“In order to stop such manipulations we must first of all, implore fervently Divine and heavenly intervention, so that the following words of God may be realized in our days during the upcoming Synod: “God frustrates the devices of the crafty, so that their hands achieve no success. He catches the wise in their own craftiness, and the schemes of the wily are brought to a quick end” (Job 5: 12-13).”

Stay Faithful

Cardinal Raymond Burke was recently asked how should faithful Catholics respond if the Synod “takes a strange turning”? To which his Eminence gave a short two-word reply, “Stay faithful”. For Catholics in the UK and Ireland, who share a history of suffering centuries of persecution under the English Protestant State, an essential element of our practice of faithfulness is fidelity to our priests, bishops and the pope. For centuries we could rely on the vast majority of priests and bishops because they remained steadfast defenders of the Faith, even under the threat of imprisonment, torture and martyrdom. It breaks my heart to write this, but this is no longer true.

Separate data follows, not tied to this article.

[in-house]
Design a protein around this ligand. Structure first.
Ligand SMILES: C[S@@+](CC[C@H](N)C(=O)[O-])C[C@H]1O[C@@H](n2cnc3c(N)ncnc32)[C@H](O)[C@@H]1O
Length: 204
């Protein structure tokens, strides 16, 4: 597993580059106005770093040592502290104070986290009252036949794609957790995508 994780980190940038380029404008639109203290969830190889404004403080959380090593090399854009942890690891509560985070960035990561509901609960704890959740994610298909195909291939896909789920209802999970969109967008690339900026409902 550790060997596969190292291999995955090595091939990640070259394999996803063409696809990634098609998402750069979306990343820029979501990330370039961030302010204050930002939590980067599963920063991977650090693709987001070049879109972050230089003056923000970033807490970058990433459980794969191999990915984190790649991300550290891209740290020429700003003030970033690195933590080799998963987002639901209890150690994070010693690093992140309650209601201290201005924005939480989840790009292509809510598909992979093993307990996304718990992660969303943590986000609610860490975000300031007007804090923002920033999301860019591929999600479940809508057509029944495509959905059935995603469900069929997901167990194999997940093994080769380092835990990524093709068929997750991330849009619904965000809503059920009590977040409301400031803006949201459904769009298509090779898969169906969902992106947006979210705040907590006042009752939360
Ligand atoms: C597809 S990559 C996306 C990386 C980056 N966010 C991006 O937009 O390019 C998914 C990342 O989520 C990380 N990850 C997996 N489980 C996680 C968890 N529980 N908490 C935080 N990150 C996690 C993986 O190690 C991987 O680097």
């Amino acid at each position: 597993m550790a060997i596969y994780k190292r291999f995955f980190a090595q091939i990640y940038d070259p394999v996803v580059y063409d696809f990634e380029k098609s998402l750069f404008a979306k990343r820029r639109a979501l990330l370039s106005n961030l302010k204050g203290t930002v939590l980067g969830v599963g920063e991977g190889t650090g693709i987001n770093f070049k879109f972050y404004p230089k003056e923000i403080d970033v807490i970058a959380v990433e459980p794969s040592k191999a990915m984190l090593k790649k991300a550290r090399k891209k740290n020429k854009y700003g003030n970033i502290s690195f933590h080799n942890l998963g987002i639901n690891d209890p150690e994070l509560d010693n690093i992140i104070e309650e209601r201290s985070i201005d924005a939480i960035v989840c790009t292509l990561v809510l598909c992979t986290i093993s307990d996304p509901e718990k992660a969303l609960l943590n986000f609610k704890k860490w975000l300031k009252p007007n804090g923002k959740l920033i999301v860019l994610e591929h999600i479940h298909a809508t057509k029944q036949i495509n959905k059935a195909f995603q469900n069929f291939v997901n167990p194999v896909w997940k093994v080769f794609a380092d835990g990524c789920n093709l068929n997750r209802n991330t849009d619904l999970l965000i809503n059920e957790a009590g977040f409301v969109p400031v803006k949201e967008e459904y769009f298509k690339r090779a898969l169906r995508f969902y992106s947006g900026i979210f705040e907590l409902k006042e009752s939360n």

During this crisis when many priests and bishops are betraying the Faith we need to re-examine the source of our personal faith. When many of you were christened your godparents were asked by the priest, “What do you ask of the Church of God?” And they replied, “Faith”. We received the grace of faith from the Mystical Body of Christ, from the Bride of Christ, not from the priest, our bishop or pope. Bishop Schneider exhorts us to hold onto this fact of our supernatural life in Christ during the storms around the Synod:

“We must remain faithful to our baptismal vows. In baptism, you promised to remain faithful to the faith: not a part of faith, but the entire Catholic faith. You have not done your baptism greeting to the Pope, or your bishop, but to God, Father, Son and Holy Spirit. And so you have to report after your death, not the pope or the bishop, but to God. That is why we need to keep our fidelity, and even be ready to die for every truth of the Catholic faith.”